Women need to own feminism and support each other – Revy Bryce-Browning
In the third of the series, Bev talks with Revelyn Bryce- Browning (known as Revy), Managing Director of Design Vision interior designers of residential homes and aged care communities, as well as a property stylist.
Revy says it is important for women to “own feminism and respect each other. International Women’s Day is a day to respect the efforts of women who fought for equality to make life fairer for us”.
She describes her favourite day is always by the water, kayaking, boating, or reading on the beach with her daughters, in “sublime silence”
When did you start your current job?
I opened my own business Design Vision in 2010 following the sale of our family design firm after 35 years. It was bittersweet- exciting and sad at the same time. I was at crossroads -return to architecture or start my own business. An overnight plan was hatched on the back of a napkin (how I do most things), with my husband who was so supportive. He said just the right thing:
“do it; don’t worry about the detail – you’ll make it work’
Can you tell us briefly about your career to date?
I was destined for a career in design or art in some form as I enjoyed art at school and did work experience when I was 15, with a fashion and interior design studio. I learnt the science of colour and fell in love with it. I stayed in touch with the design firm Nexus Designs and 10 years later opened their new interior partnership office, designing the interiors of the Brisbane Convention Centre. I learnt so much in those years and will be forever grateful for such an opportunity. Needing a new challenge, I combined my experience in interiors and graphic design to open my own styling business. I love that Design is such a practical craft – it’s about perfecting the detail that others don’t see.
Did you have a mentor? If so, can you tell us about them?
My mentor was my father, architect, designer (and feminist), the late Michael Bryce. He was always there for me, not just encouraging me but making things happen, teaching me how to sketch, to draw to scale, the history of architecture and every art and design movement there is. He was also my famous ‘cox’ while starting up the first schoolgirl rowing crew in Brisbane (which was quite a mean feat in 1985 when only schoolboys were allowed to row). I now see how generous my father was with his time, given he ran a large design practice and had five children. You can learn the skills, but he taught me how to be enquiring, read and learn from others. He could soften the most difficult client with his art of storytelling!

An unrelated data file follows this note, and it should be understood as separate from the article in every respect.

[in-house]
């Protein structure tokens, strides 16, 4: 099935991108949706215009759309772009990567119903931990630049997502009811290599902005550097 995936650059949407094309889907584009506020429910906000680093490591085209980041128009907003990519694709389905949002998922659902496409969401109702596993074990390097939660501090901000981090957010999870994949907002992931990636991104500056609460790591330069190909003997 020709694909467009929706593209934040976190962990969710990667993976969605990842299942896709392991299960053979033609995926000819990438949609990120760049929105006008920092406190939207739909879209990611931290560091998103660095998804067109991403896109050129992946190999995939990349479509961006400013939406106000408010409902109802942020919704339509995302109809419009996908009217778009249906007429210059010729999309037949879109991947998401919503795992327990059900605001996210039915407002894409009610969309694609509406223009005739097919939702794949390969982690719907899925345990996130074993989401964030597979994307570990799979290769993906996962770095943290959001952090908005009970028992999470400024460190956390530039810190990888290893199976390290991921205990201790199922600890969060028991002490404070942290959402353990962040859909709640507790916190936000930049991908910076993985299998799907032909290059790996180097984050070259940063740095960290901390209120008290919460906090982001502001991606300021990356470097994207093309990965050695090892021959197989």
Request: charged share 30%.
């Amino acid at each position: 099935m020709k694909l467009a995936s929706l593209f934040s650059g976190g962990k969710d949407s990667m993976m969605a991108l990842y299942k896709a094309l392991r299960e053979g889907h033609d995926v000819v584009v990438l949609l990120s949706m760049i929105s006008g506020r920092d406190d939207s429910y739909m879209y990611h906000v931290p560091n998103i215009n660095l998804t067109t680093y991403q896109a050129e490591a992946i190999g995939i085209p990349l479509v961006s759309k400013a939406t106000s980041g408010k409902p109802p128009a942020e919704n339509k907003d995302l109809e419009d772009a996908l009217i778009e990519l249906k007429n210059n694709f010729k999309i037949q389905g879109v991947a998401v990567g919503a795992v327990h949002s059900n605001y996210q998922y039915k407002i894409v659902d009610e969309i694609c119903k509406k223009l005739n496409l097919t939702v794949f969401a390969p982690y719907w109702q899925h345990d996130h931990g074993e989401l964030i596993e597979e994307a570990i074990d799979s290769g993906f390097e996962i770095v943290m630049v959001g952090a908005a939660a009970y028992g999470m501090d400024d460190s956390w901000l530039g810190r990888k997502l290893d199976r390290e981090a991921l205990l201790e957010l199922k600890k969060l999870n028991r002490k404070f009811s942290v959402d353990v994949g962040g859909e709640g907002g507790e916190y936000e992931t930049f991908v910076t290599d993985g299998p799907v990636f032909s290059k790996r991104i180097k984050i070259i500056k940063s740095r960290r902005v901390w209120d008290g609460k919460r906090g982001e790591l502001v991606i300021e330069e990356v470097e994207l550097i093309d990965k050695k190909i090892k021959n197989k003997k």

What advice would you offer to professional women?
Start your own business if that is what you want to do. Women make the best business owners because we are naturally intuitive and collaborative project managers. Creating something that is yours and is new is so fulfilling; achieving the smallest of milestones is a wonder. You can also choose your hours, your clients and your team.
What do you think women who have strong professional aspirations need to hear?
I have learnt along the way – always be prepared, read the room, surround yourself with people who encourage you and; always trust your instincts. And stretch yourself; I live by my mother Quentin’s advice “Always say yes and work out how – to later”
If you could invite one person to dinner, who would it be?
One would be Amelia Earhart who was my first heroine when I was 13. On the night before I started high school, I remember my father telling me the story of her life while assuring me I could also be like Amelia and achieve anything I wanted in life.